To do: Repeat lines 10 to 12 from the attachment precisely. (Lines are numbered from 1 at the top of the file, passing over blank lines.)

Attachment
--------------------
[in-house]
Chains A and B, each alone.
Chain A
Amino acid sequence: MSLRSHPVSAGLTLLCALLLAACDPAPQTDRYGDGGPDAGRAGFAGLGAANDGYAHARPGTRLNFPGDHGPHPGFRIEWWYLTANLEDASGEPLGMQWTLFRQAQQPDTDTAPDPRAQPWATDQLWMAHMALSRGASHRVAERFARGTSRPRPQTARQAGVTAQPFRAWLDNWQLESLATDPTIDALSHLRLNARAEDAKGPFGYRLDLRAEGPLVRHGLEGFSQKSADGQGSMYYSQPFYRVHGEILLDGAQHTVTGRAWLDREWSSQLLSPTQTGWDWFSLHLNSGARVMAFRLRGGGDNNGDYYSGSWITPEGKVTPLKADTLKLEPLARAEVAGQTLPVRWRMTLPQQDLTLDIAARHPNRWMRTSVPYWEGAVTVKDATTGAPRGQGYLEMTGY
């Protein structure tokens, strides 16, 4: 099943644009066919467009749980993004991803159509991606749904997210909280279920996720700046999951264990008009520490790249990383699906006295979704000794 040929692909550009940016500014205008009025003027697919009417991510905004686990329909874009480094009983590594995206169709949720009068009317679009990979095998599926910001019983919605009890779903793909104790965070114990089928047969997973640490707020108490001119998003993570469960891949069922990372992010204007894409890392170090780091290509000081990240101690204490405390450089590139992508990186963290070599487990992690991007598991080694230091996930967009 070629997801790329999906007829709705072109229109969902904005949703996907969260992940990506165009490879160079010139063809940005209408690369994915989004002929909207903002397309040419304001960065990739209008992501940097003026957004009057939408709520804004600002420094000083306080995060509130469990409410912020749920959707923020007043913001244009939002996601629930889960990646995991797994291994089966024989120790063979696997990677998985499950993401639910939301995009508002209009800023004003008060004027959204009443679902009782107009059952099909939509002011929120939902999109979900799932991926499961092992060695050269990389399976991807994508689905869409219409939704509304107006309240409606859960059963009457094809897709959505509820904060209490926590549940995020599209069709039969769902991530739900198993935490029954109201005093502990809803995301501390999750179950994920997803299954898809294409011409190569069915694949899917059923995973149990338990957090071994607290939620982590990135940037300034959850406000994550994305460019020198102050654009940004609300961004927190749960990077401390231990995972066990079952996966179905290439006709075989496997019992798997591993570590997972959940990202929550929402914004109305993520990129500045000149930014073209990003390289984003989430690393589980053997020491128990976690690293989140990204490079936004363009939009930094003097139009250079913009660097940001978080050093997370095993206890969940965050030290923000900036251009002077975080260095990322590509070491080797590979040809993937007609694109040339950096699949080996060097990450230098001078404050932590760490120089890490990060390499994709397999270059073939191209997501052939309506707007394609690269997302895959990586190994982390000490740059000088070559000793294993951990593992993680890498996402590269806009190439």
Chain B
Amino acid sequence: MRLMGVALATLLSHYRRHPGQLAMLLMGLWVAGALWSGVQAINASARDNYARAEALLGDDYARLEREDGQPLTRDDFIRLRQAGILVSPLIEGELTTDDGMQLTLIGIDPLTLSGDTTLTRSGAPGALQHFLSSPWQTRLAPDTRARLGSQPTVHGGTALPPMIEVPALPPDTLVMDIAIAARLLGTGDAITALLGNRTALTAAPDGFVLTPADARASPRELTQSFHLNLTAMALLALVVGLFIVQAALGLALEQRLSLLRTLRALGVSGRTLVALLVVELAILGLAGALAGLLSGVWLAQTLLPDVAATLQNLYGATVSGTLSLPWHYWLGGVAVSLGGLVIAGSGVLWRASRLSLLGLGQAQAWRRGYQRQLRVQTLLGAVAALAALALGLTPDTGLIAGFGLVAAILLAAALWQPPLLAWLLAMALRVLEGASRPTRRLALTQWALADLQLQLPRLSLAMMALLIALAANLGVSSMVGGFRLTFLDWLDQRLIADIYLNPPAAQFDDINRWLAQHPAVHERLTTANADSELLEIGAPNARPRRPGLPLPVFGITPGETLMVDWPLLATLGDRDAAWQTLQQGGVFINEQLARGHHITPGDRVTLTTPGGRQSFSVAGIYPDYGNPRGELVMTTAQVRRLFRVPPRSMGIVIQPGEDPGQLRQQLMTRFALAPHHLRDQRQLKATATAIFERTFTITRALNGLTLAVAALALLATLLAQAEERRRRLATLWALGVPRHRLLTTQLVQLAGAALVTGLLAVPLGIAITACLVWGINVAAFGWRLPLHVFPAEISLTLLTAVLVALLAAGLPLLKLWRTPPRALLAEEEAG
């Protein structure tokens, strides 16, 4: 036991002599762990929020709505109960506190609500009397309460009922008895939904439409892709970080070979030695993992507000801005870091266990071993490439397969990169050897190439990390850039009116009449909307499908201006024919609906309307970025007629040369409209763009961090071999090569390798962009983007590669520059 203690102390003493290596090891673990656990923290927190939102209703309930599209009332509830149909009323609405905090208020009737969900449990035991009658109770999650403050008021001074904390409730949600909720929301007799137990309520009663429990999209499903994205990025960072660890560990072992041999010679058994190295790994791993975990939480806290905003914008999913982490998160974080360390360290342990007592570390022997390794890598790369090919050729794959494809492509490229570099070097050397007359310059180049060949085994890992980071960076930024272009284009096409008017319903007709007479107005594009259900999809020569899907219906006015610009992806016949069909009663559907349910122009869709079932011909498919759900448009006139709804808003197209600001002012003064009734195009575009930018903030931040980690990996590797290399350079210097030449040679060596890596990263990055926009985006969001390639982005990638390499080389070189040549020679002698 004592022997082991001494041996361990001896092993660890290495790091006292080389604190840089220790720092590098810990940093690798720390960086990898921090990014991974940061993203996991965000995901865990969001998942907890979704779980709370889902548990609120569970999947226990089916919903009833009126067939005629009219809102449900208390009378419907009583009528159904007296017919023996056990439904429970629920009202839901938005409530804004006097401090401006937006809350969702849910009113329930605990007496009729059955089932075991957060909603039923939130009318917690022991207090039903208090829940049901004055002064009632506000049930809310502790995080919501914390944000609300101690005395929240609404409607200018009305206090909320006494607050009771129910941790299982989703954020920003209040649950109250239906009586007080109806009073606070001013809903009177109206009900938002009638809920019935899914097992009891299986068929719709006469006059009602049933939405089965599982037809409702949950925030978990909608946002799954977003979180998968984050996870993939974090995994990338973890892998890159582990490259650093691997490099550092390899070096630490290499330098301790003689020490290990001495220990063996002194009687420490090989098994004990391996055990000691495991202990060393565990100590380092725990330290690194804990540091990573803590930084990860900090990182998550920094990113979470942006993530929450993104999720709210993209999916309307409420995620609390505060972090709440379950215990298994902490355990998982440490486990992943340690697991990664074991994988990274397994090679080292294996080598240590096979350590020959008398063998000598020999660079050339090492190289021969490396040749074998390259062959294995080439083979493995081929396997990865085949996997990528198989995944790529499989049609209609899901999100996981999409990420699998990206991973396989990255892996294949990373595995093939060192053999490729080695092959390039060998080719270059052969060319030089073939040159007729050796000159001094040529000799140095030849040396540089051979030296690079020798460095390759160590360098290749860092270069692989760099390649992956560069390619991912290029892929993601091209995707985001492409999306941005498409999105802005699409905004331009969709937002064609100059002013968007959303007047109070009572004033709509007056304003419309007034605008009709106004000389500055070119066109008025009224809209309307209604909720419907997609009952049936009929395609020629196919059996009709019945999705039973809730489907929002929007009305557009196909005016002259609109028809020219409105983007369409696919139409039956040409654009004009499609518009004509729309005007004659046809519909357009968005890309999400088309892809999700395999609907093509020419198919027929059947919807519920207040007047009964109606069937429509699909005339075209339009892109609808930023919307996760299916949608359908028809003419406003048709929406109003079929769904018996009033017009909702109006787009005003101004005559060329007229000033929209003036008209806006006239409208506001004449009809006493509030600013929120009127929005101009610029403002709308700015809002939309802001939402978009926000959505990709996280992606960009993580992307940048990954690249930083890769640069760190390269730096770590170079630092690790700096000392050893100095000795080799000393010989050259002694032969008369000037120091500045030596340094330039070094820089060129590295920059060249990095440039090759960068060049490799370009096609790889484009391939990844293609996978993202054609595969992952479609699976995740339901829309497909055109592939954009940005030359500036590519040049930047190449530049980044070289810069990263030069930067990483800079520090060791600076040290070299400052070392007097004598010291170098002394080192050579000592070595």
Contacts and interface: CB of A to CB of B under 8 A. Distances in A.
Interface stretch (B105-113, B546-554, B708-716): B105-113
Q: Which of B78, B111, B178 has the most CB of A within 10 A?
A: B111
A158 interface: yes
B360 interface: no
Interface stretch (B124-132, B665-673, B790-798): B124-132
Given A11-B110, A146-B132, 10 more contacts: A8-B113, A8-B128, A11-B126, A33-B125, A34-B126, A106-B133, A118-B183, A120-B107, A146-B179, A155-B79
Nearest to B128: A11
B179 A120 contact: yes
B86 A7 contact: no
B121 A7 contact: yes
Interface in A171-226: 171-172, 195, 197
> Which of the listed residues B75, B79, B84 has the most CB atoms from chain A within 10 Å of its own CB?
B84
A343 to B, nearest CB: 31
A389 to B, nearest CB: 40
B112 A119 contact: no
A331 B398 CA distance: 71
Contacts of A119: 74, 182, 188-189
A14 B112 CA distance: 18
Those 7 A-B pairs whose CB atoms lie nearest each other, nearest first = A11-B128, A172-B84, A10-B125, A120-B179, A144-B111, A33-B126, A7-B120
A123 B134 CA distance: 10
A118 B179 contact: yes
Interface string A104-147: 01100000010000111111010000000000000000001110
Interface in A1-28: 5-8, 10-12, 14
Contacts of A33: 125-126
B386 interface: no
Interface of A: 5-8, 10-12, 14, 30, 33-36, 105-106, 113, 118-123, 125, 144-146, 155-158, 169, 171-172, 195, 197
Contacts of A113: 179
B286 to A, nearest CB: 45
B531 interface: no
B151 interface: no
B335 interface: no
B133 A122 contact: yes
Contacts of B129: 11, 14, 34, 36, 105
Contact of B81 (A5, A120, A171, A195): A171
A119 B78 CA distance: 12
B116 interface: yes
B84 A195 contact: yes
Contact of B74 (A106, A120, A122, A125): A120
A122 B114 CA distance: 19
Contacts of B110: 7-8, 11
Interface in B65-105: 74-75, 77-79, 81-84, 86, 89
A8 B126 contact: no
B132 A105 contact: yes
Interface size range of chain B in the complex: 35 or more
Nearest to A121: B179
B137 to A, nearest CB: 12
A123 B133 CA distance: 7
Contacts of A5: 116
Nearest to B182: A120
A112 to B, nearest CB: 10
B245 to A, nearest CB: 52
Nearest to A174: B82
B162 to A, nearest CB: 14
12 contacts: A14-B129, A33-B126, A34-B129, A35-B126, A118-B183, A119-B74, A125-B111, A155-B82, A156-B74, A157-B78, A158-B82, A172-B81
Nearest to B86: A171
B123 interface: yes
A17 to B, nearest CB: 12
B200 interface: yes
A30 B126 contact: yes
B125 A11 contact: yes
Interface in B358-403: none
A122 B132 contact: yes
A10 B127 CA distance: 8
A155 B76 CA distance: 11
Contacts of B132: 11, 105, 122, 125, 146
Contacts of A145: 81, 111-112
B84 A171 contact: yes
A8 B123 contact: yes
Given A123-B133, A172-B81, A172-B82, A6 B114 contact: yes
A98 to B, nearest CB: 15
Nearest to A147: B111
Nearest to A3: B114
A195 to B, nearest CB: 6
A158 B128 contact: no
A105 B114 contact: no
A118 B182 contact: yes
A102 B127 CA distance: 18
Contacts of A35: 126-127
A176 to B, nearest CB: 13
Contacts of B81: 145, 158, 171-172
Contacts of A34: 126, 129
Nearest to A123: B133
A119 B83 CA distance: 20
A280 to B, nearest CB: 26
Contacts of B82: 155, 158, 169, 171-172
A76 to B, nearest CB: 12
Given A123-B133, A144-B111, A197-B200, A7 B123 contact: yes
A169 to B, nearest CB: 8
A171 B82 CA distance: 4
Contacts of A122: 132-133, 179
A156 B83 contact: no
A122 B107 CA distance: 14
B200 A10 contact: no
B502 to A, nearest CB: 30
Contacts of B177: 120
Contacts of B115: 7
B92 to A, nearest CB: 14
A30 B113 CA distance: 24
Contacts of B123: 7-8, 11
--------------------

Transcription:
Interface stretch (B105-113, B546-554, B708-716): B105-113
Q: Which of B78, B111, B178 has the most CB of A within 10 A?
A: B111